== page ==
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            B-cell receptor signaling in chronic lymphocytic leukemia.

            The B-cell receptor (BCR) is a key survival molecule for normal B cells and for most B-cell malignancies. Recombinatorial and mutational patterns in the clonal immunoglobulin (Ig) of chronic lymphocytic leukemia (CLL) have revealed 2 major IgMD-expressing subsets and an isotype-switched variant, each developing from distinct B-cell populations. Tracking of conserved stereotypic features of Ig variable regions characteristic of U-CLL indicate circulating naive B cells as the likely cells of origin. In CLL, engagement of the BCR by antigen occurs in vivo, leading to down-regulated expression and to an unanticipated modulation of glycosylation of surface IgM, visible in blood cells, especially in U-CLL. Modulated glycoforms of sIgM are signal competent and could bind to environmental lectins. U-CLL cases express more sIgM and have increased signal competence, linking differential signaling responses to clinical behavior. Mapping of BCR signaling pathways identifies targets for blockade, aimed to deprive CLL cells of survival and proliferative signals. New inhibitors of BCR signaling appear to have clinical activity. In this Perspective, we discuss the functional significance of the BCR in CLL, and we describe strategies to target BCR signaling as an emerging therapeutic approach.
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              Chronic lymphocytic leukemia: 2015 Update on diagnosis, risk stratification, and treatment.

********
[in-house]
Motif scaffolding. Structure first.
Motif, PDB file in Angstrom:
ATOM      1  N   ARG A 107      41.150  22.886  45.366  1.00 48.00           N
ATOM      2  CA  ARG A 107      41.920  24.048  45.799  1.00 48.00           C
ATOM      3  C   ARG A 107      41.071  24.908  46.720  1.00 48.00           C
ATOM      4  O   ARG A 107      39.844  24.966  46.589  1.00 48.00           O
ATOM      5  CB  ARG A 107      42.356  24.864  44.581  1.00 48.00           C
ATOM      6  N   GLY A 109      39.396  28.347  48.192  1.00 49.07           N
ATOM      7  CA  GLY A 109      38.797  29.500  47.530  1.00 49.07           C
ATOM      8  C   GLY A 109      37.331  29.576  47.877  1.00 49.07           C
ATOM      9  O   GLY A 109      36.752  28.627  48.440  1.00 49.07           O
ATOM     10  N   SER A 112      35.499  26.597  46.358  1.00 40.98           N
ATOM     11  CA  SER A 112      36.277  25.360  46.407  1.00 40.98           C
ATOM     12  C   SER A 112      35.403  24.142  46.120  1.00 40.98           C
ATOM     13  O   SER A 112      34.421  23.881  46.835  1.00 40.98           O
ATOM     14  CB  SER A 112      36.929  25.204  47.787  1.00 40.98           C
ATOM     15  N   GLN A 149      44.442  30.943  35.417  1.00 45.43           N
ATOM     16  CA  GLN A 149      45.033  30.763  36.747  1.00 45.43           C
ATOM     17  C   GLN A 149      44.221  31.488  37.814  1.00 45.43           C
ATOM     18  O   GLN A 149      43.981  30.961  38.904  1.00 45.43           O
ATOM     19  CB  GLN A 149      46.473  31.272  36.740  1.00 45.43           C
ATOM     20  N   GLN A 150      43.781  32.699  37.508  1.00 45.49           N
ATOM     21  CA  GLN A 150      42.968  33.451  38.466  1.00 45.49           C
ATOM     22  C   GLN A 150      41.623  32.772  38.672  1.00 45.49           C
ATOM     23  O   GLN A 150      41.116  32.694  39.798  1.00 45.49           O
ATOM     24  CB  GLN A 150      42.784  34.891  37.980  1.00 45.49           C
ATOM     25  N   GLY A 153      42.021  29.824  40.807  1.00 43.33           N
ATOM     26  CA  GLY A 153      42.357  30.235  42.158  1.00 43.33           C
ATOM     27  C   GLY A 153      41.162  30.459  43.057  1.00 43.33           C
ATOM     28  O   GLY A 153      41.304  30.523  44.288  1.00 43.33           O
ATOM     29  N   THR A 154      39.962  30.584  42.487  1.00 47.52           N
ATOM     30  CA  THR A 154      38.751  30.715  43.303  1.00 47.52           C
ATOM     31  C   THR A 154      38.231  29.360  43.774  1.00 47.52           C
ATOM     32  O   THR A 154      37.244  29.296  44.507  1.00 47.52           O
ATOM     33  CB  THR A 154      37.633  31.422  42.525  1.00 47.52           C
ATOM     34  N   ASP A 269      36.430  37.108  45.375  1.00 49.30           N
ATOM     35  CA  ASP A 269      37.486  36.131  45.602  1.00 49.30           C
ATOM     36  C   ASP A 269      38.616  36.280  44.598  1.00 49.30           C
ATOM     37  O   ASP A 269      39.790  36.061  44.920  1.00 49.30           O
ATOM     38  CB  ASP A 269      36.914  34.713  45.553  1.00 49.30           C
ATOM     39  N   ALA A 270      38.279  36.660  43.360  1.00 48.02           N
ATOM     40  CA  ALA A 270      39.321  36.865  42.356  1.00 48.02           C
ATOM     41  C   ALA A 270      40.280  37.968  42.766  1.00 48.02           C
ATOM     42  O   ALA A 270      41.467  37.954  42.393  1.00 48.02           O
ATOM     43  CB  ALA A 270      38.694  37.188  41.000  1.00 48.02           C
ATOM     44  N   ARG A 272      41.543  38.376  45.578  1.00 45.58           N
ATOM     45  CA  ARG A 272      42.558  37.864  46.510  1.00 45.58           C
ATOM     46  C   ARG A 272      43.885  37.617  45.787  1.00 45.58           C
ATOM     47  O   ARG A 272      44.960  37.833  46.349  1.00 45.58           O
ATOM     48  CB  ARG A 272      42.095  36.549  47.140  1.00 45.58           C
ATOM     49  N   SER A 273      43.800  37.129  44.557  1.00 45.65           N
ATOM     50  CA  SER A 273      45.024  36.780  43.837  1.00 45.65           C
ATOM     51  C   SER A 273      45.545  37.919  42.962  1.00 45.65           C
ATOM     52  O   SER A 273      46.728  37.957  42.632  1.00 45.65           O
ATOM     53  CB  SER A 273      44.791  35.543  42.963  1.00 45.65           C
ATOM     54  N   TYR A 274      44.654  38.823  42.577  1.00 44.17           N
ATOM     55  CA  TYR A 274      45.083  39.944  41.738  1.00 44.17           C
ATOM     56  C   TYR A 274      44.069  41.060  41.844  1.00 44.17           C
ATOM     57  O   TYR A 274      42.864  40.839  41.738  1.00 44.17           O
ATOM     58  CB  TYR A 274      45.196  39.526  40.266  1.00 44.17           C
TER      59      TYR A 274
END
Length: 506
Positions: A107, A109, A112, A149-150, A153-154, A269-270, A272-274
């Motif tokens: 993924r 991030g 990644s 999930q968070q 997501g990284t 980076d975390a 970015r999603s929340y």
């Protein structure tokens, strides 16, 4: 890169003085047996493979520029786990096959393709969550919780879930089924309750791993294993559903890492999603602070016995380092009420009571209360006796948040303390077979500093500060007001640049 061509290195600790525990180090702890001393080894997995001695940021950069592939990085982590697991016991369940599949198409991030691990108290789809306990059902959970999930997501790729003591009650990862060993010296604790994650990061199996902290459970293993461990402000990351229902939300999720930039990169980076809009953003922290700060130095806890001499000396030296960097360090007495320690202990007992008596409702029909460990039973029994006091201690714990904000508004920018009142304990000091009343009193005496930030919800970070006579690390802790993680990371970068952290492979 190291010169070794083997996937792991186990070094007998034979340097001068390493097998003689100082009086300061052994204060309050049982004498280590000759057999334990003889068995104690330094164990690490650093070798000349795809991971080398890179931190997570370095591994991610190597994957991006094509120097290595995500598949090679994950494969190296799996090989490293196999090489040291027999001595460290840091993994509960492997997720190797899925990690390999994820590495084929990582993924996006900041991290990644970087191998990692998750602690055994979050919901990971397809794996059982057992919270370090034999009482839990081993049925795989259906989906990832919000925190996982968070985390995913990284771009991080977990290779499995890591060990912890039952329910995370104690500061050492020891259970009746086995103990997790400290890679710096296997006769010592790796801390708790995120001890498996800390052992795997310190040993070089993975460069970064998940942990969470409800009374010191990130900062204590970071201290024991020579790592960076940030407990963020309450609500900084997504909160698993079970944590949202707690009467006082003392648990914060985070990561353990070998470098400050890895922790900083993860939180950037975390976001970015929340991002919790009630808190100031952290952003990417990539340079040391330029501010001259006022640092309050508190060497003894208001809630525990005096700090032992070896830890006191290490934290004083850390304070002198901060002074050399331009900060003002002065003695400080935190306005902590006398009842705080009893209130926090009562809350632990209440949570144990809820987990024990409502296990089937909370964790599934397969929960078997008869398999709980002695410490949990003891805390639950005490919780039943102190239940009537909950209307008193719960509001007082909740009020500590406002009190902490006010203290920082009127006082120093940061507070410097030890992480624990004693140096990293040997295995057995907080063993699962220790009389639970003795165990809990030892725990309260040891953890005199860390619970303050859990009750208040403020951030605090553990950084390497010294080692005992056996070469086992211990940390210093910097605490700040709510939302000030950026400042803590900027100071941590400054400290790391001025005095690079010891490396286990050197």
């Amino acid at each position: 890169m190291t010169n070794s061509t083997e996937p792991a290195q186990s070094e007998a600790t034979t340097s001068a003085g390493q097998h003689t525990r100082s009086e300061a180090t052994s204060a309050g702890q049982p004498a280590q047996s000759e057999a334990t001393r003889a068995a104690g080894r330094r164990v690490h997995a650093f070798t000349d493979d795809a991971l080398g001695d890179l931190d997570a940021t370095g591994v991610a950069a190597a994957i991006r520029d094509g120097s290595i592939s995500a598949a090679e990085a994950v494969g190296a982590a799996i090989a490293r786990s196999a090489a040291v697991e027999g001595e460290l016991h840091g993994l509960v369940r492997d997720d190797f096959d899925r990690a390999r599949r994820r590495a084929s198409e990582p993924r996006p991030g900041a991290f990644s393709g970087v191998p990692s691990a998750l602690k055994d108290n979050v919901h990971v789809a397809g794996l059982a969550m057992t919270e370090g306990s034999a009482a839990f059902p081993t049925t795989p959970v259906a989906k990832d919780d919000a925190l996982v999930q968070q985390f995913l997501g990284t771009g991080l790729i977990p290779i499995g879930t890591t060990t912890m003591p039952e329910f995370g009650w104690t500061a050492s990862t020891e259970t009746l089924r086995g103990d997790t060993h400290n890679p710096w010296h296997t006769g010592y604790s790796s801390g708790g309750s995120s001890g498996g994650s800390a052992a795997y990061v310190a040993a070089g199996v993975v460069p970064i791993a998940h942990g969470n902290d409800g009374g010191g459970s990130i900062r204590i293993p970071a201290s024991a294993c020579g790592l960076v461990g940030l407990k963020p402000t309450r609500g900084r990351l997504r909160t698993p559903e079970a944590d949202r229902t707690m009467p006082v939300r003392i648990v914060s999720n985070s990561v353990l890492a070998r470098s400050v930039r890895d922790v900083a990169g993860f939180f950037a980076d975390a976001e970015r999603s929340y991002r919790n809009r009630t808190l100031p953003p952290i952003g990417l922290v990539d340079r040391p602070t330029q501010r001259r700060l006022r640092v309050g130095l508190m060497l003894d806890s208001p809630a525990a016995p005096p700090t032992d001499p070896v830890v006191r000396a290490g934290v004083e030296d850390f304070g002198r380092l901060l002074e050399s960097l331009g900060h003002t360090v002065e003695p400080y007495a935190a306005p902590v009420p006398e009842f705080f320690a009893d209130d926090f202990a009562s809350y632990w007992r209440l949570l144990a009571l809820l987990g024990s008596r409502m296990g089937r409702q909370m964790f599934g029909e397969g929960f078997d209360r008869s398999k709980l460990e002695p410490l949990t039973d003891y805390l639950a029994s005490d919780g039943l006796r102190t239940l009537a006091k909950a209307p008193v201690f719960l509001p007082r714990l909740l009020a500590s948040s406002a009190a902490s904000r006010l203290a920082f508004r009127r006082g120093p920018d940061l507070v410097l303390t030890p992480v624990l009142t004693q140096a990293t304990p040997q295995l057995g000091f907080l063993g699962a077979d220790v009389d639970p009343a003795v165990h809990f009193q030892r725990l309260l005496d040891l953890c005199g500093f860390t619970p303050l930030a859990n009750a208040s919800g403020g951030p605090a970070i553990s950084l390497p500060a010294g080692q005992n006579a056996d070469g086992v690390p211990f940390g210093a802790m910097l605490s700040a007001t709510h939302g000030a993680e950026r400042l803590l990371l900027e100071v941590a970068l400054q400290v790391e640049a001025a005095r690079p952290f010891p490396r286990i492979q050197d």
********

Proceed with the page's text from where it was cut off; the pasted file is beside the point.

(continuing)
Chronic lymphocytic leukemia (CLL) is the commonest leukemia in western countries. The disease typically occurs in elderly patients and has a highly variable clinical course. Leukemic transformation is initiated by specific genomic alterations that impair apoptosis of clonal B-cells.
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                Author and article information

                Journal
                Saudi Med J
                Saudi Med J
                Saudi Medical Journal
                Saudi Medical Journal (Saudi Arabia )
                0379-5284
                2019
                : 40
                : 4
                : 328-338
                Affiliations
                From the Department of Medical Laboratories Sciences, College of Applied Medical Sciences, Majmaah University, Majmaah, Kingdom of Saudi Arabia
                Author notes
                Address correspondence and reprint request to: Dr. Suliman A. Alsagaby, Department of Medical Laboratories Sciences, College of Applied Medical Sciences, Majmaah University, Majmaah, Kingdom of Saudi Arabia. E-mail: s.alsaqaby@ 123456mu.edu.sa ORCID ID: orcid.org/0000-0002-2242-5638
                Article
                SaudiMedJ-40-328
                10.15537/smj.2019.4.23380
                6506648
                30957125
                Copyright: © Saudi Medical Journal

                This is an open-access article distributed under the terms of the Creative Commons Attribution-Noncommercial-Share Alike 3.0 Unported, which permits unrestricted use, distribution, and reproduction in any medium, provided the original work is properly cited.